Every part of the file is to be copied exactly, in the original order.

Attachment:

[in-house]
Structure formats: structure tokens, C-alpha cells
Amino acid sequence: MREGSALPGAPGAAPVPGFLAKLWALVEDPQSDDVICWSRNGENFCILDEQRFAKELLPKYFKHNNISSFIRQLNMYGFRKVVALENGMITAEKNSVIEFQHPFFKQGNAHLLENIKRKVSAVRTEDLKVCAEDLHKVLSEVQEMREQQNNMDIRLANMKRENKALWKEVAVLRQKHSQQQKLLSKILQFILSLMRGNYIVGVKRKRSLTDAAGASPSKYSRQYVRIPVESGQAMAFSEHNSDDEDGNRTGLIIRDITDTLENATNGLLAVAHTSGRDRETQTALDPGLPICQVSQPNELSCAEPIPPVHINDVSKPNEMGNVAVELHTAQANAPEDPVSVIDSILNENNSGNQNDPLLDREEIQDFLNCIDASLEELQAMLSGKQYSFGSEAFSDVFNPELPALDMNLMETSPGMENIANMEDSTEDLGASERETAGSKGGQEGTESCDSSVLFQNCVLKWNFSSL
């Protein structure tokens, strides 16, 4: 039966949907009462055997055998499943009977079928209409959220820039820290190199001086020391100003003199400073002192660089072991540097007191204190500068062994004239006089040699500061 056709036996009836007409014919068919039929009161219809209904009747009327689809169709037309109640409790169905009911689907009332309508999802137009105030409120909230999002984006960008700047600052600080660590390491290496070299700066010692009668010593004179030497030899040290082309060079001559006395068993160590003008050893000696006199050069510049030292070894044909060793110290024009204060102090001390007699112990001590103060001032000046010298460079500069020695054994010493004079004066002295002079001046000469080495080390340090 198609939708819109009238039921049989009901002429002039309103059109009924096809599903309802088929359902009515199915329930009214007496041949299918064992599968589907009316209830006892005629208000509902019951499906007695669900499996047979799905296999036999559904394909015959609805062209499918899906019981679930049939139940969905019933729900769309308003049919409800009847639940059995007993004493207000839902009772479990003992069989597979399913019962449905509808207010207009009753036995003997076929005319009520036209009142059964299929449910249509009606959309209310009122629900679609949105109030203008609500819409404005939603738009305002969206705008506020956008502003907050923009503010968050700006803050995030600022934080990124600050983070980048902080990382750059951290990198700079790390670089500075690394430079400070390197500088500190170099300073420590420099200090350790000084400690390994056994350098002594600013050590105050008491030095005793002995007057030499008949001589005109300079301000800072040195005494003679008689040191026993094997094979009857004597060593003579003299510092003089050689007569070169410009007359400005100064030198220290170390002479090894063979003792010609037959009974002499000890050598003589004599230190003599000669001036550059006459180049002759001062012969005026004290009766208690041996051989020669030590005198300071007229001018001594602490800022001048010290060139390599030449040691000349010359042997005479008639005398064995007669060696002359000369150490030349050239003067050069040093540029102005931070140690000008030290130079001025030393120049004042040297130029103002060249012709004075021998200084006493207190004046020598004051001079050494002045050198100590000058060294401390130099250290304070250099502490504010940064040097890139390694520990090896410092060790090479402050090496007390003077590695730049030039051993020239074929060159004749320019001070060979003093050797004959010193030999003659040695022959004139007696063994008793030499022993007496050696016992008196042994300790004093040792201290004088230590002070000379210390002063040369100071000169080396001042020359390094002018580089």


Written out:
[in-house]
Structure formats: structure tokens, C-alpha cells
Amino acid sequence: MREGSALPGAPGAAPVPGFLAKLWALVEDPQSDDVICWSRNGENFCILDEQRFAKELLPKYFKHNNISSFIRQLNMYGFRKVVALENGMITAEKNSVIEFQHPFFKQGNAHLLENIKRKVSAVRTEDLKVCAEDLHKVLSEVQEMREQQNNMDIRLANMKRENKALWKEVAVLRQKHSQQQKLLSKILQFILSLMRGNYIVGVKRKRSLTDAAGASPSKYSRQYVRIPVESGQAMAFSEHNSDDEDGNRTGLIIRDITDTLENATNGLLAVAHTSGRDRETQTALDPGLPICQVSQPNELSCAEPIPPVHINDVSKPNEMGNVAVELHTAQANAPEDPVSVIDSILNENNSGNQNDPLLDREEIQDFLNCIDASLEELQAMLSGKQYSFGSEAFSDVFNPELPALDMNLMETSPGMENIANMEDSTEDLGASERETAGSKGGQEGTESCDSSVLFQNCVLKWNFSSL
């Protein structure tokens, strides 16, 4: 039966949907009462055997055998499943009977079928209409959220820039820290190199001086020391100003003199400073002192660089072991540097007191204190500068062994004239006089040699500061 056709036996009836007409014919068919039929009161219809209904009747009327689809169709037309109640409790169905009911689907009332309508999802137009105030409120909230999002984006960008700047600052600080660590390491290496070299700066010692009668010593004179030497030899040290082309060079001559006395068993160590003008050893000696006199050069510049030292070894044909060793110290024009204060102090001390007699112990001590103060001032000046010298460079500069020695054994010493004079004066002295002079001046000469080495080390340090 198609939708819109009238039921049989009901002429002039309103059109009924096809599903309802088929359902009515199915329930009214007496041949299918064992599968589907009316209830006892005629208000509902019951499906007695669900499996047979799905296999036999559904394909015959609805062209499918899906019981679930049939139940969905019933729900769309308003049919409800009847639940059995007993004493207000839902009772479990003992069989597979399913019962449905509808207010207009009753036995003997076929005319009520036209009142059964299929449910249509009606959309209310009122629900679609949105109030203008609500819409404005939603738009305002969206705008506020956008502003907050923009503010968050700006803050995030600022934080990124600050983070980048902080990382750059951290990198700079790390670089500075690394430079400070390197500088500190170099300073420590420099200090350790000084400690390994056994350098002594600013050590105050008491030095005793002995007057030499008949001589005109300079301000800072040195005494003679008689040191026993094997094979009857004597060593003579003299510092003089050689007569070169410009007359400005100064030198220290170390002479090894063979003792010609037959009974002499000890050598003589004599230190003599000669001036550059006459180049002759001062012969005026004290009766208690041996051989020669030590005198300071007229001018001594602490800022001048010290060139390599030449040691000349010359042997005479008639005398064995007669060696002359000369150490030349050239003067050069040093540029102005931070140690000008030290130079001025030393120049004042040297130029103002060249012709004075021998200084006493207190004046020598004051001079050494002045050198100590000058060294401390130099250290304070250099502490504010940064040097890139390694520990090896410092060790090479402050090496007390003077590695730049030039051993020239074929060159004749320019001070060979003093050797004959010193030999003659040695022959004139007696063994008793030499022993007496050696016992008196042994300790004093040792201290004088230590002070000379210390002063040369100071000169080396001042020359390094002018580089």